The government expects the publicly funded Broadcaster to introduce its own cap after excluding it from the consultation.
Government plans to ban six-figure farewell payments to public sector groups omitted the BBC, despite a series of huge sums to departing staff in recent years.
The Conservative government has begun a consultation on a “public sector redundancy pay cap” which would limit the amount of money outgoing NHS workers, council employees and civil servants could receive.
Instead the BBC and other excluded public bodies such as the Bank of England will be expected to introduce their own limits which should be similar to the Government’s plans and come into effect at the same time.
The consultation said that the government “proposes to exclude the Bank of England, public broadcasters, including the BBC, Channel 4 and S4C, and some regulators from the scope of this policy, given their independence from government.”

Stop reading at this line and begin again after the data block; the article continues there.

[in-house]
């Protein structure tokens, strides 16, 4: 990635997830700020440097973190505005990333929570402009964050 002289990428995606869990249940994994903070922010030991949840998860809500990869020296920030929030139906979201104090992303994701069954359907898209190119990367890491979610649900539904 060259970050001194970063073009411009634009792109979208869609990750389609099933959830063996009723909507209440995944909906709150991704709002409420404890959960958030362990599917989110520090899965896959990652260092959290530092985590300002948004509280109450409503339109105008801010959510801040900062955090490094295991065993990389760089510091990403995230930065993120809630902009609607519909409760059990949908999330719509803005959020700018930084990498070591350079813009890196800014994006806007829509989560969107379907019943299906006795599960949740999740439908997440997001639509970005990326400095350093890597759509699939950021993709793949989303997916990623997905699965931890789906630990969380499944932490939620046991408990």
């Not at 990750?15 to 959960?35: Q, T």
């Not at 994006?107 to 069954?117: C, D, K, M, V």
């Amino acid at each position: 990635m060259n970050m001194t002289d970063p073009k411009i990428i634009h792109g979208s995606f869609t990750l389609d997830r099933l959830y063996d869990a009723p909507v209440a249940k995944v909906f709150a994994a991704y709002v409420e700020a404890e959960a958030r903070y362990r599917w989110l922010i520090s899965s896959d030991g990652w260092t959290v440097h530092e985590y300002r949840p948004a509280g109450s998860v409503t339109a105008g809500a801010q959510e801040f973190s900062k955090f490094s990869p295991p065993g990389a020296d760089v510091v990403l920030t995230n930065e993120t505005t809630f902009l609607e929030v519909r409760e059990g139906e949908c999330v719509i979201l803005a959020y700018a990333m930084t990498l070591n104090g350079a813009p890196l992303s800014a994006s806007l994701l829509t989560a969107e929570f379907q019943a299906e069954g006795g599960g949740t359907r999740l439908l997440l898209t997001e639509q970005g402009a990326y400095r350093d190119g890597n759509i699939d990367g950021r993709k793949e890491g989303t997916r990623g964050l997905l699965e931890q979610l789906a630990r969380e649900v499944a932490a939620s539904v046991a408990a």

Greg Hands, the chief secretary to the Treasury, said that it was “not right that highly-paid public sector workers should receive huge taxpayer-funded payouts when they’re made redundant.” He spoke of the government’s intentions to “invest taxpayers’ money more efficiently on priorities like the NHS and national security.”
The government said that the cap would “save the taxpayers “tens of millions of pounds a year” and would limit payments to a maximum £95,000.”
In 2013, nearly 2,000 public sector workers picked up redundancy pay-offs of more than £100,000 including George Entwistle, the BBC’s former director-general, who received a £450,000 pay-off in 2012 dispite only haven been in the role for 54 days. Mark Byford, the ex-BBC deputy director-general, also received a significant sum on his departure when he was given £949,000 in 2011.